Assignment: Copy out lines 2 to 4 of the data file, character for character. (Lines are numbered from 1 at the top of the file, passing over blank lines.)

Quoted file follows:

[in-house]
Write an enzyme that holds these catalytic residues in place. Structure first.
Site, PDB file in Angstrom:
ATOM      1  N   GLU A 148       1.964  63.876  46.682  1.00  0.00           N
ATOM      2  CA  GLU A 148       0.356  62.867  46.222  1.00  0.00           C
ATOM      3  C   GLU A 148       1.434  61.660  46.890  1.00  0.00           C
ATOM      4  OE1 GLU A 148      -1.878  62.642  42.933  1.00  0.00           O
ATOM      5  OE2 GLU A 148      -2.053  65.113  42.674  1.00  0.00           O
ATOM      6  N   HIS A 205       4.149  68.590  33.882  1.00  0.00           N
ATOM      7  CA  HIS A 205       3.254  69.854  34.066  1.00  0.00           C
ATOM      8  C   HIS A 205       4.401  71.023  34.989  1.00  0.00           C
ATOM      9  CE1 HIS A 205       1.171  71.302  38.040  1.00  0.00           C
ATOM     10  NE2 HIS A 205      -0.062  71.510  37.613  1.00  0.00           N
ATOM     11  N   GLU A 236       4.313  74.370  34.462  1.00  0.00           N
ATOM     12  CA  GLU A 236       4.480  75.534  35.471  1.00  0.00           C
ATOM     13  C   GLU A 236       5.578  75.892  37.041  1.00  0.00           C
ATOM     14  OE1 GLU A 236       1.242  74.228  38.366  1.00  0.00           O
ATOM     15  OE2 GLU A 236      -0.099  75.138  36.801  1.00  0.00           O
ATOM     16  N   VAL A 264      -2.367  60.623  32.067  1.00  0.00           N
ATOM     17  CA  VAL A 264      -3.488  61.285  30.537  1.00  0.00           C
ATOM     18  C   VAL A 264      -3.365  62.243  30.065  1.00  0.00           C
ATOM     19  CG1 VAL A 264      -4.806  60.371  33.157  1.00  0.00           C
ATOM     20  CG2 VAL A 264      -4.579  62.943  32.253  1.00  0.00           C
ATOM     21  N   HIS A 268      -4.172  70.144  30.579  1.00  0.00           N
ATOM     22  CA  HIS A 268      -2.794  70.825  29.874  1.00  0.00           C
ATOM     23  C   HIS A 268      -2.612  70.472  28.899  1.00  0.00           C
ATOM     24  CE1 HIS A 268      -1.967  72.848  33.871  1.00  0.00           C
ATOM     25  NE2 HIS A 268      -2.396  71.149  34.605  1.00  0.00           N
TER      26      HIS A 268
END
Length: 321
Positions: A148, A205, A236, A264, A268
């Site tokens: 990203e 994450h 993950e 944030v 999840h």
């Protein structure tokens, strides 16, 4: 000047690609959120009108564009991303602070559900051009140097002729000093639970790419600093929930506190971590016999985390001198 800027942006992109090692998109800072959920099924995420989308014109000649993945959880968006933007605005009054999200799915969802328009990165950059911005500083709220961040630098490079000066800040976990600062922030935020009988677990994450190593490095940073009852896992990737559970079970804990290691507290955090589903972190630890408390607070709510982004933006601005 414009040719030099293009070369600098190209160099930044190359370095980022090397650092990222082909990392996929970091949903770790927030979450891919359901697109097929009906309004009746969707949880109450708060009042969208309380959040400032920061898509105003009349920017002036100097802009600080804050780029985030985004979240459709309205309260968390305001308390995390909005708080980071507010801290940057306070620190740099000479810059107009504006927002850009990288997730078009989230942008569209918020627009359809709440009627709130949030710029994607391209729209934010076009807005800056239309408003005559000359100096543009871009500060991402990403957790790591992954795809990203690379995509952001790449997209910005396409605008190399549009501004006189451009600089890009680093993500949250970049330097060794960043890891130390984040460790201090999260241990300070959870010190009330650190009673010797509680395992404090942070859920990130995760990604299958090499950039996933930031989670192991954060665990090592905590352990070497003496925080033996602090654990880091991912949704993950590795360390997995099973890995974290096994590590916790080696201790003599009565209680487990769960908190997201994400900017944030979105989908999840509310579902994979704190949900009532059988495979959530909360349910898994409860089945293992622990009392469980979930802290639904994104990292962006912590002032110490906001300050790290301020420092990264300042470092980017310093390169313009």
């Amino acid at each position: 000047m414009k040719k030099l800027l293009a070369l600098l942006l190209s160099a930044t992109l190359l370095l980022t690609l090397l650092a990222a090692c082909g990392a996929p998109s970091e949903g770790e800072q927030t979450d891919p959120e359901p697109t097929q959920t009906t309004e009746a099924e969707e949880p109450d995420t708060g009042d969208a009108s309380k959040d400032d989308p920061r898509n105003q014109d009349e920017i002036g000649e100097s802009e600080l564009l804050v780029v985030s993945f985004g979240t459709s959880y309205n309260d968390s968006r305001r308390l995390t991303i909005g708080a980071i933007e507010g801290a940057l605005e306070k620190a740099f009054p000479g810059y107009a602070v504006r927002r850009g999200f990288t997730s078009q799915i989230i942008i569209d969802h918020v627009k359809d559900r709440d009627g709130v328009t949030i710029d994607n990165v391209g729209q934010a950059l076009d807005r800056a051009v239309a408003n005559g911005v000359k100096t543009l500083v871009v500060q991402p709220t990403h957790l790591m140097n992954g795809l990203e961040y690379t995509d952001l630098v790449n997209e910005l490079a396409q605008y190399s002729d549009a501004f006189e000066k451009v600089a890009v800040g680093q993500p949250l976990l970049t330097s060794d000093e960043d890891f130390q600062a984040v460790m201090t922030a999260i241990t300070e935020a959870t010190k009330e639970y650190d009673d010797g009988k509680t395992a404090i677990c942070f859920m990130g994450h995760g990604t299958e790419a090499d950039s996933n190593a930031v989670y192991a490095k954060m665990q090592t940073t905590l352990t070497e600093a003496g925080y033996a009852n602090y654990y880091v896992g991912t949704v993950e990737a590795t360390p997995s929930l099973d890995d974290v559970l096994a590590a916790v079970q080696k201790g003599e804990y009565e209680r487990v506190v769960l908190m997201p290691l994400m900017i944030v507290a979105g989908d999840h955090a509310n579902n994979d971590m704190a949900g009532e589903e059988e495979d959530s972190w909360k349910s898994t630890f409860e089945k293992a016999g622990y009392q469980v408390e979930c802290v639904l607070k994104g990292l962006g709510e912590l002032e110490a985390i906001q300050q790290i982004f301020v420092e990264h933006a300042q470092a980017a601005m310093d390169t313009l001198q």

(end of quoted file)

Write an enzyme that holds these catalytic residues in place. Structure first.
Site, PDB file in Angstrom:
ATOM      1  N   GLU A 148       1.964  63.876  46.682  1.00  0.00           N